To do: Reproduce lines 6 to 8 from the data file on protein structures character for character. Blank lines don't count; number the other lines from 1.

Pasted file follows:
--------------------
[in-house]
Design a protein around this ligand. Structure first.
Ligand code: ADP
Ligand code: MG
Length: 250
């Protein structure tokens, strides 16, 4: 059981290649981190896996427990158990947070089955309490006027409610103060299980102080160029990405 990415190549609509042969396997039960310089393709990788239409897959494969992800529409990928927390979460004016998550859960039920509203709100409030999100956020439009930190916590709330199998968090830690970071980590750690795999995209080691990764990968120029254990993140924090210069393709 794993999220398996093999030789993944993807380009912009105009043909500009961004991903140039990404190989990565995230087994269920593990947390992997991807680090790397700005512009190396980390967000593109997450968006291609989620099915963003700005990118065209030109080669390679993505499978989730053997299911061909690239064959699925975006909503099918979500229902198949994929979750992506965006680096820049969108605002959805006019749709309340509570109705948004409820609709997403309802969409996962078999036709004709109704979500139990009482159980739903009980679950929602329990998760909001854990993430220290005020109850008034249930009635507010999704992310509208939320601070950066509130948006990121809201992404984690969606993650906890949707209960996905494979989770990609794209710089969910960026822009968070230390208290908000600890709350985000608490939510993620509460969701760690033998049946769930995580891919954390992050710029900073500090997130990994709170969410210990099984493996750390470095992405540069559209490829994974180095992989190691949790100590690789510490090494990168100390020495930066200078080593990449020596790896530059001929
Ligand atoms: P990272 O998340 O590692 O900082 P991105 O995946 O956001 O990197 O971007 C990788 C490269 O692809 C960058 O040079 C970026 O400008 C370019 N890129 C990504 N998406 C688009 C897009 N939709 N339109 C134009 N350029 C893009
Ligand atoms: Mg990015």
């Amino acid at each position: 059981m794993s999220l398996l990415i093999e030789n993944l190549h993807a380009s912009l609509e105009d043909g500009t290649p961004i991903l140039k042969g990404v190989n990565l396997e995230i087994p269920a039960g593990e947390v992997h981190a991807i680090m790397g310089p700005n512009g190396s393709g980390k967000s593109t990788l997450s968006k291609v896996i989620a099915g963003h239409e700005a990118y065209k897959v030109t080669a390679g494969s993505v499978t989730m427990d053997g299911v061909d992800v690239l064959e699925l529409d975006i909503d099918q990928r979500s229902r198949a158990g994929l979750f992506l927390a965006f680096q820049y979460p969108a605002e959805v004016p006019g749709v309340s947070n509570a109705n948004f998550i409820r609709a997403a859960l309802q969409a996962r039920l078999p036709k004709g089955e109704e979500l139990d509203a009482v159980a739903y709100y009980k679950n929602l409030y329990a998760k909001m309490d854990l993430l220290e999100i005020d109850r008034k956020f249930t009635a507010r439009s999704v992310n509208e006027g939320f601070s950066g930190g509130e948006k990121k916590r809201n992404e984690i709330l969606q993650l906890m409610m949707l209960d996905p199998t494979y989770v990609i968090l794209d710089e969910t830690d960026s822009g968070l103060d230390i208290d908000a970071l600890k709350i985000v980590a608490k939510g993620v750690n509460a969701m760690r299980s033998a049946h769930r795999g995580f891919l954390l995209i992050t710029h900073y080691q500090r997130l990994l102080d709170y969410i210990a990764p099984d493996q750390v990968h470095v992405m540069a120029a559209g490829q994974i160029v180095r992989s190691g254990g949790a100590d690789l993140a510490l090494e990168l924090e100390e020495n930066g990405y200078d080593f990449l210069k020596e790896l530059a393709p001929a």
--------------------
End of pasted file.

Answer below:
């Protein structure tokens, strides 16, 4: 059981290649981190896996427990158990947070089955309490006027409610103060299980102080160029990405 990415190549609509042969396997039960310089393709990788239409897959494969992800529409990928927390979460004016998550859960039920509203709100409030999100956020439009930190916590709330199998968090830690970071980590750690795999995209080691990764990968120029254990993140924090210069393709 794993999220398996093999030789993944993807380009912009105009043909500009961004991903140039990404190989990565995230087994269920593990947390992997991807680090790397700005512009190396980390967000593109997450968006291609989620099915963003700005990118065209030109080669390679993505499978989730053997299911061909690239064959699925975006909503099918979500229902198949994929979750992506965006680096820049969108605002959805006019749709309340509570109705948004409820609709997403309802969409996962078999036709004709109704979500139990009482159980739903009980679950929602329990998760909001854990993430220290005020109850008034249930009635507010999704992310509208939320601070950066509130948006990121809201992404984690969606993650906890949707209960996905494979989770990609794209710089969910960026822009968070230390208290908000600890709350985000608490939510993620509460969701760690033998049946769930995580891919954390992050710029900073500090997130990994709170969410210990099984493996750390470095992405540069559209490829994974180095992989190691949790100590690789510490090494990168100390020495930066200078080593990449020596790896530059001929
Ligand atoms: P990272 O998340 O590692 O900082 P991105 O995946 O956001 O990197 O971007 C990788 C490269 O692809 C960058 O040079 C970026 O400008 C370019 N890129 C990504 N998406 C688009 C897009 N939709 N339109 C134009 N350029 C893009
Ligand atoms: Mg990015």